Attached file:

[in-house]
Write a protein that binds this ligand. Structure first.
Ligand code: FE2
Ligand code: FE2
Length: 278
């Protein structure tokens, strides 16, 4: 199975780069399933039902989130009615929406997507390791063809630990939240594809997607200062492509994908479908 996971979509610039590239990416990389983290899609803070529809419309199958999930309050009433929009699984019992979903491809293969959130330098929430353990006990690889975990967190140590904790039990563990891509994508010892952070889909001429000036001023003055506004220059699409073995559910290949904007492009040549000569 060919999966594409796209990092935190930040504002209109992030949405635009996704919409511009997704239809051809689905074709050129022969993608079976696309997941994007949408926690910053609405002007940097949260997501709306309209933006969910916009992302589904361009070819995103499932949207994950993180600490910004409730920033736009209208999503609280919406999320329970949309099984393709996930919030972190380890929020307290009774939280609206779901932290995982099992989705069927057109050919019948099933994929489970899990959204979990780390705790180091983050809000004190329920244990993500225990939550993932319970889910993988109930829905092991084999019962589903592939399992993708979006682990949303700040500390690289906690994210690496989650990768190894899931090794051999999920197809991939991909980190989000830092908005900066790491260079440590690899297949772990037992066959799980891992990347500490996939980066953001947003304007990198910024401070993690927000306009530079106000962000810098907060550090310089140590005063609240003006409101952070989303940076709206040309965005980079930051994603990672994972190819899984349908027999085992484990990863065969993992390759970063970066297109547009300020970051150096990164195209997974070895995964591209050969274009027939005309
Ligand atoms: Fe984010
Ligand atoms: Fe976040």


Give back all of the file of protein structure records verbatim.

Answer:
[in-house]
Write a protein that binds this ligand. Structure first.
Ligand code: FE2
Ligand code: FE2
Length: 278
């Protein structure tokens, strides 16, 4: 199975780069399933039902989130009615929406997507390791063809630990939240594809997607200062492509994908479908 996971979509610039590239990416990389983290899609803070529809419309199958999930309050009433929009699984019992979903491809293969959130330098929430353990006990690889975990967190140590904790039990563990891509994508010892952070889909001429000036001023003055506004220059699409073995559910290949904007492009040549000569 060919999966594409796209990092935190930040504002209109992030949405635009996704919409511009997704239809051809689905074709050129022969993608079976696309997941994007949408926690910053609405002007940097949260997501709306309209933006969910916009992302589904361009070819995103499932949207994950993180600490910004409730920033736009209208999503609280919406999320329970949309099984393709996930919030972190380890929020307290009774939280609206779901932290995982099992989705069927057109050919019948099933994929489970899990959204979990780390705790180091983050809000004190329920244990993500225990939550993932319970889910993988109930829905092991084999019962589903592939399992993708979006682990949303700040500390690289906690994210690496989650990768190894899931090794051999999920197809991939991909980190989000830092908005900066790491260079440590690899297949772990037992066959799980891992990347500490996939980066953001947003304007990198910024401070993690927000306009530079106000962000810098907060550090310089140590005063609240003006409101952070989303940076709206040309965005980079930051994603990672994972190819899984349908027999085992484990990863065969993992390759970063970066297109547009300020970051150096990164195209997974070895995964591209050969274009027939005309
Ligand atoms: Fe984010
Ligand atoms: Fe976040």